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"Magnetic Titanium", Jelena Stajic, Nat. Mater. 10.1038/nmat3674 (2013).
The interface of SrTiO3 and LaAlO3 has puzzled physicists for some time now—it is not only highly conductive (and under certain circumstances even superconducting), it also exhibits magnetism even though neither of the two oxides is magnetic. Various explanations have been proposed for this unexpected magnetism, ranging from the presence of magnetic impurities or defects to an intrinsic property of the interface. Lee et al. used chemical-element–specific spectroscopic techniques to pinpoint the “host” of the magnetism. The analysis of the spectra indicated that the magnetic moments responsible for the magnetism were lying in the plane of the interface and were carried by Ti atoms, whereas comparison with calculations revealed similarities with spectra expected for the Ti3÷ valence state of Ti. Furthermore, varying the thickness of the LaAlO3 overlayer indicated that the Ti magnetic moments were located at the interface. Taken together, these results lend support to the intrinsic origin of the magnetism at the interface, although the role of, for example, oxygen defects cannot be entirely excluded.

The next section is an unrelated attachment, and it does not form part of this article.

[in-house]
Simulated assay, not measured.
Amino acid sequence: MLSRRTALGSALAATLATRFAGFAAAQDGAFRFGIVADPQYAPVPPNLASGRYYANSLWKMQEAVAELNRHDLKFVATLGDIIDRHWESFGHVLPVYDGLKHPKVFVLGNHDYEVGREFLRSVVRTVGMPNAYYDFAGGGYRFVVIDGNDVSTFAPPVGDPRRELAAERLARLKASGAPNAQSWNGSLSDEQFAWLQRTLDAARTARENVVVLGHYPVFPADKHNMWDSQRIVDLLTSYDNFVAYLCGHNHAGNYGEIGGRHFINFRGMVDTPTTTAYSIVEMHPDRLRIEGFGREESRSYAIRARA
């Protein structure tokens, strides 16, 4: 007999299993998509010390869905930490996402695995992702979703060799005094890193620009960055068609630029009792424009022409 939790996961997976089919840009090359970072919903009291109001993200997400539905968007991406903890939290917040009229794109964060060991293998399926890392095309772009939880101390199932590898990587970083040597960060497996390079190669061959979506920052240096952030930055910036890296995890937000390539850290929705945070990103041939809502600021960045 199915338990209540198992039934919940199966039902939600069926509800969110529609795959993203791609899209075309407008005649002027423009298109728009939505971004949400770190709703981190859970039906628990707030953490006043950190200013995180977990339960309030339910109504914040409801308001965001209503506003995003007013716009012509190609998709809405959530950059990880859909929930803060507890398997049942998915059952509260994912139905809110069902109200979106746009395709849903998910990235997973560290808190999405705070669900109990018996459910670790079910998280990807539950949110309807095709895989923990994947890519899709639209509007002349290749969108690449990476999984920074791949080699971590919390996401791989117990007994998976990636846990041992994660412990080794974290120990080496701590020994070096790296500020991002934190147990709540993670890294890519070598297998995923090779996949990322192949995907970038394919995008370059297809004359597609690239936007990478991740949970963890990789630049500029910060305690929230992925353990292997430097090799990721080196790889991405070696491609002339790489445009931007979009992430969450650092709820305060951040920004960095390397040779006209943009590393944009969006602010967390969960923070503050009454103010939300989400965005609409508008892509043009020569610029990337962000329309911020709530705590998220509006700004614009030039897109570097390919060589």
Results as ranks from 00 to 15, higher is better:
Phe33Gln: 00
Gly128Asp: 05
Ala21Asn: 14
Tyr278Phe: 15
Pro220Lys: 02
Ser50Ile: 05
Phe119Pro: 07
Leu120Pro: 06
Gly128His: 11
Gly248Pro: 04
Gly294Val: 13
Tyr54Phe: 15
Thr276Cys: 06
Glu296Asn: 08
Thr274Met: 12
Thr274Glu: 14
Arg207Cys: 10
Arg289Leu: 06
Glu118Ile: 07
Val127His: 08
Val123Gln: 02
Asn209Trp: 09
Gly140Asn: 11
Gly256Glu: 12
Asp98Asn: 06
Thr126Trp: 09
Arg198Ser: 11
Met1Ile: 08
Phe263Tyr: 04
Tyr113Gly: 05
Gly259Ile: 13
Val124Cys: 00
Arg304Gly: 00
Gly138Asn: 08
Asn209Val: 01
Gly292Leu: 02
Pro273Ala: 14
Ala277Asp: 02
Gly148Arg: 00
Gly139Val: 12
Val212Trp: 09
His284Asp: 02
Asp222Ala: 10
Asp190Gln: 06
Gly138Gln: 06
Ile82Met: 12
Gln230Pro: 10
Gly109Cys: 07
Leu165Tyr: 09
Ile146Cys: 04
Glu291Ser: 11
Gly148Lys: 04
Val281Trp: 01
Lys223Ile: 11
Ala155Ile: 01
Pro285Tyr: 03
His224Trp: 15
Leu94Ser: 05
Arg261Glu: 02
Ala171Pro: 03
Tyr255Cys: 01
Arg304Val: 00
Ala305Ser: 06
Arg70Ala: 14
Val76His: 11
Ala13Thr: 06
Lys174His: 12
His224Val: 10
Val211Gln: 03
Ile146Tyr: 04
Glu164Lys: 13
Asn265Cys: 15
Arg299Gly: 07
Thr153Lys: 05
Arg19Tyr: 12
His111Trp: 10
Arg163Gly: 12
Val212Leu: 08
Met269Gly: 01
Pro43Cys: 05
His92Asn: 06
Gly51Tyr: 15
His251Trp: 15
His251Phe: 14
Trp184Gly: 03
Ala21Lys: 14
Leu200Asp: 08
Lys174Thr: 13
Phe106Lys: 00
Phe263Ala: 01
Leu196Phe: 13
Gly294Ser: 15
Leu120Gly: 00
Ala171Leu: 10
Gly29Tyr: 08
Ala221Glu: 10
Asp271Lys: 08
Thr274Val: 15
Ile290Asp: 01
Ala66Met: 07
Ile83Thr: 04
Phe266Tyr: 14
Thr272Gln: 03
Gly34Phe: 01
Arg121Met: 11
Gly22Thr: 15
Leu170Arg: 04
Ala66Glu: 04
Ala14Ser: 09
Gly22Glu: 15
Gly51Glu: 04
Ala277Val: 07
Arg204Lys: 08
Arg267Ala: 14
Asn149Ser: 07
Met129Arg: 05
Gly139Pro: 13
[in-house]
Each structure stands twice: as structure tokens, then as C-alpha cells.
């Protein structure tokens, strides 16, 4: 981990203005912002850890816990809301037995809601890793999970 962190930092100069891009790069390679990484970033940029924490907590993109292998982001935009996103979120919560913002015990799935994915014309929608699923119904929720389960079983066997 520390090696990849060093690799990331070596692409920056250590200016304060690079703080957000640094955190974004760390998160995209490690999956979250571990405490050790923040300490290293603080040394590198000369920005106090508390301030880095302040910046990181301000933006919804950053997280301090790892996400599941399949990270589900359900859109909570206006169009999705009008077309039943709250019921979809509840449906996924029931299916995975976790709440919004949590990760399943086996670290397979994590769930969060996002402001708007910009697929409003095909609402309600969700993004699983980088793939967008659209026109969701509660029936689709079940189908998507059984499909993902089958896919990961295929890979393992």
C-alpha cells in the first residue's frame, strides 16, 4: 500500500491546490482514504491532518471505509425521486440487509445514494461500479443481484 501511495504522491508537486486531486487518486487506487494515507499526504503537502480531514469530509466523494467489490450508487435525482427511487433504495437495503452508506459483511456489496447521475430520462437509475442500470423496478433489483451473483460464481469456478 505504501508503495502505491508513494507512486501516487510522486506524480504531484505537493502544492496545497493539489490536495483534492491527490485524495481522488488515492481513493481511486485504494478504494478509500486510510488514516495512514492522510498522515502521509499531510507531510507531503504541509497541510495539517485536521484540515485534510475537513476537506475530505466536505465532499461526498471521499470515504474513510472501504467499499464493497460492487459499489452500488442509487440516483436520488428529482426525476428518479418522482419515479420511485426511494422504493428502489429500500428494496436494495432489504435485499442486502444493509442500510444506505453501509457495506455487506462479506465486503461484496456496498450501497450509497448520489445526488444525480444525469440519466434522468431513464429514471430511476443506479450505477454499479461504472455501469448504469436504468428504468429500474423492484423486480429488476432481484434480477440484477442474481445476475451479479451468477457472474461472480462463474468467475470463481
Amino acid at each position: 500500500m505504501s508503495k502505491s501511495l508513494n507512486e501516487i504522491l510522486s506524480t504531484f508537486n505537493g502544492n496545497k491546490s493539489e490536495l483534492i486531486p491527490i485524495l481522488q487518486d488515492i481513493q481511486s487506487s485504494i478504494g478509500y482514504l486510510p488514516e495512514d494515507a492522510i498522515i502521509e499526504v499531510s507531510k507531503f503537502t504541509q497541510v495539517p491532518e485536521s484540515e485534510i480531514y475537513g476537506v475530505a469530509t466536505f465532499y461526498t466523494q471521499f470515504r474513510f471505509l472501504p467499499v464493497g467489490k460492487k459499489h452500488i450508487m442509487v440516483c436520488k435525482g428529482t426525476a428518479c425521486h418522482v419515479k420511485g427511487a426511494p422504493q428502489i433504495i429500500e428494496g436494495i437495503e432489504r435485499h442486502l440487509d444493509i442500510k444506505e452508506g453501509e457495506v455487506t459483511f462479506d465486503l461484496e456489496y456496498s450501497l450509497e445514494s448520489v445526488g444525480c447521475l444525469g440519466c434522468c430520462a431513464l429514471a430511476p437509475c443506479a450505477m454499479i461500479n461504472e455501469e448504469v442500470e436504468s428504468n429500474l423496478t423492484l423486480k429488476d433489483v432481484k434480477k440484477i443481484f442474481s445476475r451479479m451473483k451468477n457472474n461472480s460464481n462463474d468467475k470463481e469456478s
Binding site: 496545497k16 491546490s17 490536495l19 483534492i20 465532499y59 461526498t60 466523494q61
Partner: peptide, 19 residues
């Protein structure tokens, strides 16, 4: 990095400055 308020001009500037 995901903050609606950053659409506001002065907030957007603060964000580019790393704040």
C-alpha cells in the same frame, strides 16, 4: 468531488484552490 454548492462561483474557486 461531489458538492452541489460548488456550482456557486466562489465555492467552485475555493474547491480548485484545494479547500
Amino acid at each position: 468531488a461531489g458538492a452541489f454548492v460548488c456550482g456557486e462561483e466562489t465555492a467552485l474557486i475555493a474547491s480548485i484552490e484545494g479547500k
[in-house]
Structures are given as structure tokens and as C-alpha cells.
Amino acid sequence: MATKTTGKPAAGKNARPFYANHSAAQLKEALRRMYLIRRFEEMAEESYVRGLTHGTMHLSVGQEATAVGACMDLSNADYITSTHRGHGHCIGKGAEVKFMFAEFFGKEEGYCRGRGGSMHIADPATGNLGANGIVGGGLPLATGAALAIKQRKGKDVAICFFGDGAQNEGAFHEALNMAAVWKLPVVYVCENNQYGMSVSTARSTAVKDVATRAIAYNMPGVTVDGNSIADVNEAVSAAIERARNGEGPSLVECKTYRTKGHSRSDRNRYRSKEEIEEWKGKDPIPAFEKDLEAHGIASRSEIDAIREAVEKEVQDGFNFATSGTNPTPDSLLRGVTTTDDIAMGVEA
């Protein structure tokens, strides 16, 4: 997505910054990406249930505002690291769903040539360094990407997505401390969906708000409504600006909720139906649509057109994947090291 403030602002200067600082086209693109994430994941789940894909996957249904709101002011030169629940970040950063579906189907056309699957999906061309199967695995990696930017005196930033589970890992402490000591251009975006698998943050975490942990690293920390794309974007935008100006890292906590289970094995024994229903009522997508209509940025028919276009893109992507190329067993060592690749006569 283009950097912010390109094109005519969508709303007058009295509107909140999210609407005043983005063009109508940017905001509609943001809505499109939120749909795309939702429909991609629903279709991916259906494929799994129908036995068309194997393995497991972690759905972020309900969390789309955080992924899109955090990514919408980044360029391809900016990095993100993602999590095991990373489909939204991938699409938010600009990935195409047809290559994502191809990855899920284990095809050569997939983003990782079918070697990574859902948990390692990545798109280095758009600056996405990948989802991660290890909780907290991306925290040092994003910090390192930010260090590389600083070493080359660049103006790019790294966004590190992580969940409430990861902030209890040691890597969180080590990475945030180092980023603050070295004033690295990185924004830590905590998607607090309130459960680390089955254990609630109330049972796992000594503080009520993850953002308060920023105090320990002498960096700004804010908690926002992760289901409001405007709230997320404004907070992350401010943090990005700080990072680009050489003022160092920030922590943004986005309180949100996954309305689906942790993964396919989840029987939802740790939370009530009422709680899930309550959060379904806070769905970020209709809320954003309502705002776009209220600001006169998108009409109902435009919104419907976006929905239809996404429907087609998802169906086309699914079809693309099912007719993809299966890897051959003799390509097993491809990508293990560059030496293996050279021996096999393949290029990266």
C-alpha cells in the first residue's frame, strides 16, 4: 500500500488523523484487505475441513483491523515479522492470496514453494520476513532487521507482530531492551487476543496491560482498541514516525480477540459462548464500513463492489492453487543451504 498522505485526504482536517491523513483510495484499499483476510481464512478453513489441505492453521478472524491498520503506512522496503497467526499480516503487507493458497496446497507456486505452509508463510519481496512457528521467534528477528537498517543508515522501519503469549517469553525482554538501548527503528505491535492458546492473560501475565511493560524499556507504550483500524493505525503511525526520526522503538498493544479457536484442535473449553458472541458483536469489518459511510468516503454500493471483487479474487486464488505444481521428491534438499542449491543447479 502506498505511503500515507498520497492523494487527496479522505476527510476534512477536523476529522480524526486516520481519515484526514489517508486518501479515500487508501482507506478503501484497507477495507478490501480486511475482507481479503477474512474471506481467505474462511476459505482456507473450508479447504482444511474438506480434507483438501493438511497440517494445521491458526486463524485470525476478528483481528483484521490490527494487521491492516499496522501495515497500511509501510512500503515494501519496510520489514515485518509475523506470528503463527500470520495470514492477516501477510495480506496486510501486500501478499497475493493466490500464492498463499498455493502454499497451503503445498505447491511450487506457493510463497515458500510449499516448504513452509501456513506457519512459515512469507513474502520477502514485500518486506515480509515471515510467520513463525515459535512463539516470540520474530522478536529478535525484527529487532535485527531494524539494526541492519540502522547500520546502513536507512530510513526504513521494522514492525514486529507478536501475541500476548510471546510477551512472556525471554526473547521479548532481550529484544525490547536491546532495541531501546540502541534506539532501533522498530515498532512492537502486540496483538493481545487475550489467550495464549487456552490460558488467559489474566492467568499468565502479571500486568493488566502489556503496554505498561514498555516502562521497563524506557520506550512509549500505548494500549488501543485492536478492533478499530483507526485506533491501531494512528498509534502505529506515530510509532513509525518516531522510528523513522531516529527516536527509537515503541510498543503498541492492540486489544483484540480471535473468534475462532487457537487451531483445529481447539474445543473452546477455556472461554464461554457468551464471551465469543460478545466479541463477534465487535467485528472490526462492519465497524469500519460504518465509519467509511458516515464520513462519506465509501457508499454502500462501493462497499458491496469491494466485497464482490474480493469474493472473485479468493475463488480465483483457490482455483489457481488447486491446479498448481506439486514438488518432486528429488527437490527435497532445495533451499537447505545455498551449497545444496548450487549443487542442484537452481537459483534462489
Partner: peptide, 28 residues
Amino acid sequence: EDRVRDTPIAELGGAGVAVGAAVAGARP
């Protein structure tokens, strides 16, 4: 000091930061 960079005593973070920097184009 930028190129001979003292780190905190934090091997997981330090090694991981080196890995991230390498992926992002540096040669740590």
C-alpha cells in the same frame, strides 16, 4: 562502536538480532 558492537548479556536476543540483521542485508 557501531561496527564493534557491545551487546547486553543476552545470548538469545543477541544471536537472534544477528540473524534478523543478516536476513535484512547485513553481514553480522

<myNB. Al : Aluminum, La : Lanthanum, O : Oxygen, Sr : Strontium, Ti : Titanium>